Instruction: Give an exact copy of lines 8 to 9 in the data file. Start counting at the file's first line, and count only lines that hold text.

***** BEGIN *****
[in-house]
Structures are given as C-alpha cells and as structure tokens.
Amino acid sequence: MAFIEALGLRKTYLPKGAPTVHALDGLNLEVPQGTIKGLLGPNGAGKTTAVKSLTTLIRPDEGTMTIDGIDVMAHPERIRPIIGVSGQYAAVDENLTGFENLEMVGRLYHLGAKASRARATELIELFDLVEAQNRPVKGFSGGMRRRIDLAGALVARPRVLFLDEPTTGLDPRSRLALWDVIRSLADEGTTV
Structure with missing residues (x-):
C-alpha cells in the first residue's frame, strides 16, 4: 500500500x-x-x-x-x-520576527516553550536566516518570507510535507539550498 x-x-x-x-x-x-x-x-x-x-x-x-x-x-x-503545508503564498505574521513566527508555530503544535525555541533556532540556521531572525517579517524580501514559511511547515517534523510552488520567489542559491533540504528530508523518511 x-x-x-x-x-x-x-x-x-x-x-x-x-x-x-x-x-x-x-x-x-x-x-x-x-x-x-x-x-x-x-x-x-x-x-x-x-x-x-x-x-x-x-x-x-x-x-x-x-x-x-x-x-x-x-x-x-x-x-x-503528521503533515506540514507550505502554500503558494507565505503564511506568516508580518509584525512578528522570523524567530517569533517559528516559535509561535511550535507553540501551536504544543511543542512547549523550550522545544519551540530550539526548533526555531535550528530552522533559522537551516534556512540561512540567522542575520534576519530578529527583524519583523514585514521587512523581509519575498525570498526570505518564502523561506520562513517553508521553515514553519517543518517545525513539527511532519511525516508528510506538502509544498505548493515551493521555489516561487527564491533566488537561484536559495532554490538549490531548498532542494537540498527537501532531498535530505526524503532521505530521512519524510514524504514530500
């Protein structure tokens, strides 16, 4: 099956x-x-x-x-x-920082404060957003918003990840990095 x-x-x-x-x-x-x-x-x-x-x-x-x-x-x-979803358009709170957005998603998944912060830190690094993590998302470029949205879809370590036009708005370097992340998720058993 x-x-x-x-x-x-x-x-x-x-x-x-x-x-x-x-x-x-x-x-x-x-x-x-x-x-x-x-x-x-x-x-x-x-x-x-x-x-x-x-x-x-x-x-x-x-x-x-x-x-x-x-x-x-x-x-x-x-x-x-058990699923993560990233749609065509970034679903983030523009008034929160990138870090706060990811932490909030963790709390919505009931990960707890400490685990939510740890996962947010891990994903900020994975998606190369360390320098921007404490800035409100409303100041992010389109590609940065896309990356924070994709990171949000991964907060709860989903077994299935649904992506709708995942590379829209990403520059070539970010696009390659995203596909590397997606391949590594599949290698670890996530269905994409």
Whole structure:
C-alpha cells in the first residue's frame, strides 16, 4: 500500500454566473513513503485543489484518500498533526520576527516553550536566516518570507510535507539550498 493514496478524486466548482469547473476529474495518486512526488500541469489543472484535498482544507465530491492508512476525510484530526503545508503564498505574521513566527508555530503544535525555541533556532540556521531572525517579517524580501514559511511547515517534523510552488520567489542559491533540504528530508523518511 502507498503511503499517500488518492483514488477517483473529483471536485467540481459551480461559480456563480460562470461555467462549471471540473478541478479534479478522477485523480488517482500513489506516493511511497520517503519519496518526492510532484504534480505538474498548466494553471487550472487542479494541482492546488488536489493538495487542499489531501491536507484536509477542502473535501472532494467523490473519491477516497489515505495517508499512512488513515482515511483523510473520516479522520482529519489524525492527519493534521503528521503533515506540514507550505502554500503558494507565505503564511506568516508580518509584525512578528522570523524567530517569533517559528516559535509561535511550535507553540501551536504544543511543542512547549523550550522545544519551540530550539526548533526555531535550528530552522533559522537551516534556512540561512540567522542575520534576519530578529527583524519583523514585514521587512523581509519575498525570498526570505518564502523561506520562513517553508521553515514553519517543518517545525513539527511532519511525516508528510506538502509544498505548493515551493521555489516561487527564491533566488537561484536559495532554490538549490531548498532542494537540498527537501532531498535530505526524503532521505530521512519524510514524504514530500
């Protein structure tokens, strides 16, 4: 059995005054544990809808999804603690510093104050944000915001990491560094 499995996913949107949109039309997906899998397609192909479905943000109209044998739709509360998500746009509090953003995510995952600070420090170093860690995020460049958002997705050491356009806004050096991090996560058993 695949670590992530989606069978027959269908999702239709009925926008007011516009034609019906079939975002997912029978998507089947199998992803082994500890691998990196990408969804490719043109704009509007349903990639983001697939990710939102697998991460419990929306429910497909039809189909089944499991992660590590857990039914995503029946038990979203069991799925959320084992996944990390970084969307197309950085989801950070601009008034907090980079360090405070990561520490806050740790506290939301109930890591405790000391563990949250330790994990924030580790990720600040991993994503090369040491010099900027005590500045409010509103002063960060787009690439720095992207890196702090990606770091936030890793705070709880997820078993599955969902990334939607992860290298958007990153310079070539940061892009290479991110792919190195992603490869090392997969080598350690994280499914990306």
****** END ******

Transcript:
C-alpha cells in the first residue's frame, strides 16, 4: 500500500454566473513513503485543489484518500498533526520576527516553550536566516518570507510535507539550498 493514496478524486466548482469547473476529474495518486512526488500541469489543472484535498482544507465530491492508512476525510484530526503545508503564498505574521513566527508555530503544535525555541533556532540556521531572525517579517524580501514559511511547515517534523510552488520567489542559491533540504528530508523518511 502507498503511503499517500488518492483514488477517483473529483471536485467540481459551480461559480456563480460562470461555467462549471471540473478541478479534479478522477485523480488517482500513489506516493511511497520517503519519496518526492510532484504534480505538474498548466494553471487550472487542479494541482492546488488536489493538495487542499489531501491536507484536509477542502473535501472532494467523490473519491477516497489515505495517508499512512488513515482515511483523510473520516479522520482529519489524525492527519493534521503528521503533515506540514507550505502554500503558494507565505503564511506568516508580518509584525512578528522570523524567530517569533517559528516559535509561535511550535507553540501551536504544543511543542512547549523550550522545544519551540530550539526548533526555531535550528530552522533559522537551516534556512540561512540567522542575520534576519530578529527583524519583523514585514521587512523581509519575498525570498526570505518564502523561506520562513517553508521553515514553519517543518517545525513539527511532519511525516508528510506538502509544498505548493515551493521555489516561487527564491533566488537561484536559495532554490538549490531548498532542494537540498527537501532531498535530505526524503532521505530521512519524510514524504514530500
């Protein structure tokens, strides 16, 4: 059995005054544990809808999804603690510093104050944000915001990491560094 499995996913949107949109039309997906899998397609192909479905943000109209044998739709509360998500746009509090953003995510995952600070420090170093860690995020460049958002997705050491356009806004050096991090996560058993 695949670590992530989606069978027959269908999702239709009925926008007011516009034609019906079939975002997912029978998507089947199998992803082994500890691998990196990408969804490719043109704009509007349903990639983001697939990710939102697998991460419990929306429910497909039809189909089944499991992660590590857990039914995503029946038990979203069991799925959320084992996944990390970084969307197309950085989801950070601009008034907090980079360090405070990561520490806050740790506290939301109930890591405790000391563990949250330790994990924030580790990720600040991993994503090369040491010099900027005590500045409010509103002063960060787009690439720095992207890196702090990606770091936030890793705070709880997820078993599955969902990334939607992860290298958007990153310079070539940061892009290479991110792919190195992603490869090392997969080598350690994280499914990306």